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Wednesday, June 27, 2007 02:55 am

Terrible teens

They’ve met the enemy – and it’s them

art4201
Untitled Document Many recent films about troubled youth remind me of Jean-Paul Sartre’s play No Exit, in which hell is other people. The biggest problem facing teens today, according to these films, is other teens. Alpha Dog (2006) is a powerful indictment of today’s youth, but its brute honesty hindered its commercial potential. Watching the film, you will ask yourself, “How could this happen? Can they all be that stupid?” Apparently they were, because the movie is based on a true incident. A small-time pot dealer, with delusions of being Tony Montana, the drug kingpin in Scarface, rules his gang with an iron fist. When one of his dealers can’t pay the $1,200 he owes, this mini-Scarface and his goons kidnap the dealer’s half-brother. The stereotypical characterizations are off-putting at first. The teens act too much like the drug dealers seen in dozens of movies. Maybe that is the point: They have little sense of reality and emulate what they see in entertainment. Movies, however, do not motivate their misguided actions that are strictly impulsive. As the film grows more compelling and suspenseful, the characters lose their façade to panicked reality. The biggest surprise is Justin Timberlake. Who cares that he was in one of those annoying boy bands? The guy can act. The Chumscrubber (2005) follows a similar path with teens resorting to kidnapping to resolve a drug conflict, but it lacks the gritty reality of Alpha Dog. Instead we get a self-consciously arty exercise in indie-film snobbery. Its stylistic excesses are simply irritating. In Bully (2001), a group of teens plan the revenge murder of their school tormenter. Bully, another fact-based story, suffers at the hands of director Larry Clark, a hack whose exploitation of teen subjects is viewed as great art by some pseudointellectuals. The less-celebrated Mean Creek (2004) takes the revenge scenario to a much higher level. The more realistic handling of the teens brings greater depth to the characters. The less extreme approach creates a much more plausible situation. Director Gus Van Sant used the tragedy of school shootings to create the masterwork Elephant (2003). He plunges us directly into the tragic day, and his prowling camera stalks various students as they draw closer to the inevitable. Exposition is avoided because we don’t really need to be told why. A subtle hint is all that is required. Van Sant forces us to contemplate whether we are victims of fate or random choices. Elephant is the most important teen film of this decade.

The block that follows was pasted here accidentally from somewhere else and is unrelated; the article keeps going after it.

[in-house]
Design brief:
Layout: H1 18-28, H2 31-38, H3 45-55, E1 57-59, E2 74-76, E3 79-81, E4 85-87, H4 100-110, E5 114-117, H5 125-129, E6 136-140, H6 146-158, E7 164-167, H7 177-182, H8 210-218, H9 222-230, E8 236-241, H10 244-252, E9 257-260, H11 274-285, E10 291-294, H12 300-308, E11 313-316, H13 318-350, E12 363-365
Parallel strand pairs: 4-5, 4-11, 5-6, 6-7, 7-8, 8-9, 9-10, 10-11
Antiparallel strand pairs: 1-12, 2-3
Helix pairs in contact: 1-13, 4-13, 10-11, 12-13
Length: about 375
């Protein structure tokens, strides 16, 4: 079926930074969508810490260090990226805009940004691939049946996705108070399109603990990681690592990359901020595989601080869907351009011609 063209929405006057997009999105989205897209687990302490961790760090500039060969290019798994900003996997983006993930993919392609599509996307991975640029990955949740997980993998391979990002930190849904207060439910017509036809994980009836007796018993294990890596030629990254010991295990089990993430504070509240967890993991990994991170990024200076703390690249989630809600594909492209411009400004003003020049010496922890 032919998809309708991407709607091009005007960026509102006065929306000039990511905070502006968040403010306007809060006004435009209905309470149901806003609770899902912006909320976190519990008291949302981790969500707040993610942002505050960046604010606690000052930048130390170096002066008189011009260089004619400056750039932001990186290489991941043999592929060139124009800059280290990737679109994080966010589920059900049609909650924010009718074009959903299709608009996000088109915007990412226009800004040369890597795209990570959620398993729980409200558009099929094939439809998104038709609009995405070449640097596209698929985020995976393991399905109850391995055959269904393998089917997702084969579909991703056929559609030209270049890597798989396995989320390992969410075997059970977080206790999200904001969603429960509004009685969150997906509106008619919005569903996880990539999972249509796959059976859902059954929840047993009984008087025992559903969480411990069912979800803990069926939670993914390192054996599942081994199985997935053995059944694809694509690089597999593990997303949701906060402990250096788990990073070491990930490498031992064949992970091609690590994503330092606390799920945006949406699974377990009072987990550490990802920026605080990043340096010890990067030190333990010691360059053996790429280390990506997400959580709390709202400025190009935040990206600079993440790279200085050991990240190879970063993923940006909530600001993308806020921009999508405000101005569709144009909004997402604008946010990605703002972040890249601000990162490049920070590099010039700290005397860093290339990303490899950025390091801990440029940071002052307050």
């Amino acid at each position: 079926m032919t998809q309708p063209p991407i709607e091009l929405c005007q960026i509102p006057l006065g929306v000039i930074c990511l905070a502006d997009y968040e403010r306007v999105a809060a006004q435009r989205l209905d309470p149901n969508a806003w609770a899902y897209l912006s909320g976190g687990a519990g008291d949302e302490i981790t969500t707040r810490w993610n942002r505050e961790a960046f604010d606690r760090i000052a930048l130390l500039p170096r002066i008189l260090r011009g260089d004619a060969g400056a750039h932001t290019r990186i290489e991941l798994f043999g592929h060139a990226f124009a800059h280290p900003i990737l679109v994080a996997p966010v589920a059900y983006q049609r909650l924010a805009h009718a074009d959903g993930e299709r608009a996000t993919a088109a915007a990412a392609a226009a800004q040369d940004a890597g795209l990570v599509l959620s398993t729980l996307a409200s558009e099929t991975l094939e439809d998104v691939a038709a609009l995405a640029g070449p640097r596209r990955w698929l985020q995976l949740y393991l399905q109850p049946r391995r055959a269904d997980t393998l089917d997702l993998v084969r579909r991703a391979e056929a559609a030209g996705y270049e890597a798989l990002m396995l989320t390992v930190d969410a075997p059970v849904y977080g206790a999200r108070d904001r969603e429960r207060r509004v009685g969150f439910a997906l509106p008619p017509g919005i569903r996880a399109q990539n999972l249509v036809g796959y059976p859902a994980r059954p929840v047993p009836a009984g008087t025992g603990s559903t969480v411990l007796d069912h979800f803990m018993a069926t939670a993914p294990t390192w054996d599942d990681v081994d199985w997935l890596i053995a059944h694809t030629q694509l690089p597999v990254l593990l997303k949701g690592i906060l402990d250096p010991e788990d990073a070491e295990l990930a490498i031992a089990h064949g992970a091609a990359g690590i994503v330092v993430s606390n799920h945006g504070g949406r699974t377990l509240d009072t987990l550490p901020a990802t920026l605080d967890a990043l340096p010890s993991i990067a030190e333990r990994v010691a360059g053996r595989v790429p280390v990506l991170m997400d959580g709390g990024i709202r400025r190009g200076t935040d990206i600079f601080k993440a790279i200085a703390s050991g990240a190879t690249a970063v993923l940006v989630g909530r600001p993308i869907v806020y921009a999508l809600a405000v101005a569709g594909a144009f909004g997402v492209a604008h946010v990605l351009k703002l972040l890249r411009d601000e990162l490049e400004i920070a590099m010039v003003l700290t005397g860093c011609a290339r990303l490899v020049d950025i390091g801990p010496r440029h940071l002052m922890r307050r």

New on DVD this Tuesday (July 3): Driving Lessons, Puccini for Beginners, and Disappearances.
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